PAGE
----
Saving for a house may seem like a daunting task — but it doesn’t have to be when you consider you may only have to put 3% down. Learn how to save for a house down payment in as little as a year here.
Many aspiring homeowners may be misled by the myth of needing to save for a 20% down payment, when in reality you may be able to get a conventional loan with as little as 3% down (this of course depends on your income and credit score), or even no down payment if you qualify for a USDA or VA loan.
When it comes to saving for a home and properly budgeting, the little things add up. For instance, now that it’s tax time, it may be enticing to spend your tax return or stimulus check as soon as it comes in — however, this is exactly the type of extra income you’ll want to be saving if you plan on buying a house in the next year.
Here are a few more tips to help you save for a house down payment in the next year.
Building Your ‘Save for a House’ Budget
Budgeting is essential when you’re saving for a house down payment. Before budgeting, it’s helpful to use an online calculator to figure out how much house you can afford in your area. Browsing houses in your area and what they’re selling for, as well as staying up to date on real estate trends and news are also great ways to inform your budgeting.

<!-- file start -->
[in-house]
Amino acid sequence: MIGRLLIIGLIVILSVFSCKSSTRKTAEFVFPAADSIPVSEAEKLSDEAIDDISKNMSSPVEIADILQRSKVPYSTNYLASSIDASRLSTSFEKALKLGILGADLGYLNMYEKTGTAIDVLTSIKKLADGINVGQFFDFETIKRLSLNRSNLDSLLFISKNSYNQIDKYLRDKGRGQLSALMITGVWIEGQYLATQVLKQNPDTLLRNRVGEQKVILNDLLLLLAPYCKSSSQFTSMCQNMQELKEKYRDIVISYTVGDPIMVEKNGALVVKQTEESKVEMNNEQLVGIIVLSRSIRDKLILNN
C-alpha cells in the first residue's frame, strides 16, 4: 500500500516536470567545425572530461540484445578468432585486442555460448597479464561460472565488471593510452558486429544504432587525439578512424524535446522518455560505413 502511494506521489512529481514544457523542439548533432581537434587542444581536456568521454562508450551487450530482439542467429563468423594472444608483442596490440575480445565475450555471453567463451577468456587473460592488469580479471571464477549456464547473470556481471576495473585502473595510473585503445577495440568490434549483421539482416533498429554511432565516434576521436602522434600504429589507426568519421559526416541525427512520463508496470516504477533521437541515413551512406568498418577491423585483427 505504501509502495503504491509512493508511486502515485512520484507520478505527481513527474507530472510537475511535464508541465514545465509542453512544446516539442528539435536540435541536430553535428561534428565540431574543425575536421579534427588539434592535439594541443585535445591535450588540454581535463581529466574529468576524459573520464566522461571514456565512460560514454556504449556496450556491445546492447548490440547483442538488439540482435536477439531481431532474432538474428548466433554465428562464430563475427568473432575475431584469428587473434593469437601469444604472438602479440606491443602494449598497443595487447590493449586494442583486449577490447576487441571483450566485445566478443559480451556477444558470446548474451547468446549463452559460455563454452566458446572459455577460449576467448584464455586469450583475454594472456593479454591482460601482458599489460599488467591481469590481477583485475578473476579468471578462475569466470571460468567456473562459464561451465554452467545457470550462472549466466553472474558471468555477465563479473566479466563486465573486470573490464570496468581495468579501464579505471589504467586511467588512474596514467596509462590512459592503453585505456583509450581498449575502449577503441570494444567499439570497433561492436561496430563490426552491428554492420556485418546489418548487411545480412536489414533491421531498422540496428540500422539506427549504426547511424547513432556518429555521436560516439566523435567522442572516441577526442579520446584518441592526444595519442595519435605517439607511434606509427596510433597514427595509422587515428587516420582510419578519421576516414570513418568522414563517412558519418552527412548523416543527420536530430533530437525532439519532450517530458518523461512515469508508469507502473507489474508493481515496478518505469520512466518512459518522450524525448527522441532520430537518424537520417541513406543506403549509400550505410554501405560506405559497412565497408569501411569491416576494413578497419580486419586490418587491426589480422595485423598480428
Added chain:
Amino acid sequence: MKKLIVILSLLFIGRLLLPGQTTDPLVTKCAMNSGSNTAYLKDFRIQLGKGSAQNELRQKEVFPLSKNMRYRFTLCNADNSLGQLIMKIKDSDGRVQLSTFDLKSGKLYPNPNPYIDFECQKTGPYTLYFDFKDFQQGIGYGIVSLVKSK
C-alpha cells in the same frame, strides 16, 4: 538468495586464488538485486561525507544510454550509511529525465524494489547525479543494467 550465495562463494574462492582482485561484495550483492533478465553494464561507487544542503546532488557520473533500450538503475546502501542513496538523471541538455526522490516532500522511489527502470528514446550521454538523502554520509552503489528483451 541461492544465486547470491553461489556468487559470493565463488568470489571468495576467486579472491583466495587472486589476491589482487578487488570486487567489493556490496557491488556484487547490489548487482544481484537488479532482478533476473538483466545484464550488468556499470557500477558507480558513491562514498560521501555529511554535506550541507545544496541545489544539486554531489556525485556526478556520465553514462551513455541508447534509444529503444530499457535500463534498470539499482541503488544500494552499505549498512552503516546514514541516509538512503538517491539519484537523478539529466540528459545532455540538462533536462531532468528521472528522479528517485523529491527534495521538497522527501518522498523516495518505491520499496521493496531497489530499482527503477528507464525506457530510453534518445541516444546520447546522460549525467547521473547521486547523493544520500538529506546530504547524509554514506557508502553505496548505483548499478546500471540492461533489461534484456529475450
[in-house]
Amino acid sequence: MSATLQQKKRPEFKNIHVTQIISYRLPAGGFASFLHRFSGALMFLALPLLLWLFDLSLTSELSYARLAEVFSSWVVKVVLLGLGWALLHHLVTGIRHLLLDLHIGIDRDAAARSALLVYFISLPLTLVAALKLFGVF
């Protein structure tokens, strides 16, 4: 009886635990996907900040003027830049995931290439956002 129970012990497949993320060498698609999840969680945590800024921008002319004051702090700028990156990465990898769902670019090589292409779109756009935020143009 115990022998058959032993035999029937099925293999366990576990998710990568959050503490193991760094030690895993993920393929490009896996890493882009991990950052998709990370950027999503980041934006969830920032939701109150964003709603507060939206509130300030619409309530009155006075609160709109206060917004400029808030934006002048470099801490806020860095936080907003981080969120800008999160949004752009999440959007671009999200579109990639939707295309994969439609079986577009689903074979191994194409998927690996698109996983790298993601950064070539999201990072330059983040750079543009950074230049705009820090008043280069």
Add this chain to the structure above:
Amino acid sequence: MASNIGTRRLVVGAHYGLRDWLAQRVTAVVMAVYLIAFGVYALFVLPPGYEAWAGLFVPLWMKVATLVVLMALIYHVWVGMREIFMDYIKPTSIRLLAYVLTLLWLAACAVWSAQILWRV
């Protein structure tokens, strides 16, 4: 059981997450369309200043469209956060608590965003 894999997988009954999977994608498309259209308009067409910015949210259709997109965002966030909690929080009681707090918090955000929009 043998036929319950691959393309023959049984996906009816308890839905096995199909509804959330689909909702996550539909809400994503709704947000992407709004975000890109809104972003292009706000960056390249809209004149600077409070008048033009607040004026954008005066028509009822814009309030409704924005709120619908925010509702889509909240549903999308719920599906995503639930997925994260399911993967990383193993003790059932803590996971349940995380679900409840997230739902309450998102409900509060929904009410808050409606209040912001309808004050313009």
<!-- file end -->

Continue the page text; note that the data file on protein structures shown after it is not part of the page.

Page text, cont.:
Using all of this information, set an approximate amount as a savings goal in a certain period of time, then divide the amount by the number of months you’re saving for. For instance, if you want to save up for a down payment in a year, you’d divide the determined amount by 12 to get the amount you’ll need to save each month to reach your goal on time.
The first step of budgeting is looking at where your money is going each month and defining which areas are necessary and which areas could be cut down. Take a look at your bank statements over the past year and assign categories to each expense like rent, utilities, gas, groceries, entertainment, and more, specifying each category as a want or a need. Then create your budget by assigning known amounts to the needed categories, and figuring out how much leftover money to delegate to the wanted categories while putting away money for a down payment.
A budgeting app or a banking app’s budgeting tool can help make this setup process quicker and easier, automatically track your budget moving forward, and alert you when you’re reaching monthly spend limits for certain categories. Whether you’re budgeting manually or using a tool, the most important thing to remember is to stick to your predetermined monthly down payment savings amount. Sometimes, aspiring homeowners may be attracted to other potential areas for spending their paycheck and get caught up in the mindset that savings are a nonessential expense, pushing back the fruition of their homeownership dreams. Setting budgets and sticking to them will help you achieve homeownership faster, and put you in a good financial position as a first-time homeowner.
Automating Your Savings
In order to save for a house successfully, you’ll need to combat those sudden impulses of spending the money budgeted for your future down payment elsewhere. Consider calling your bank and requesting that they automate your savings so a certain amount is transferred to a savings account each time you get paid. This is great because it makes that money less accessible to spend, forcing you to be a better saver.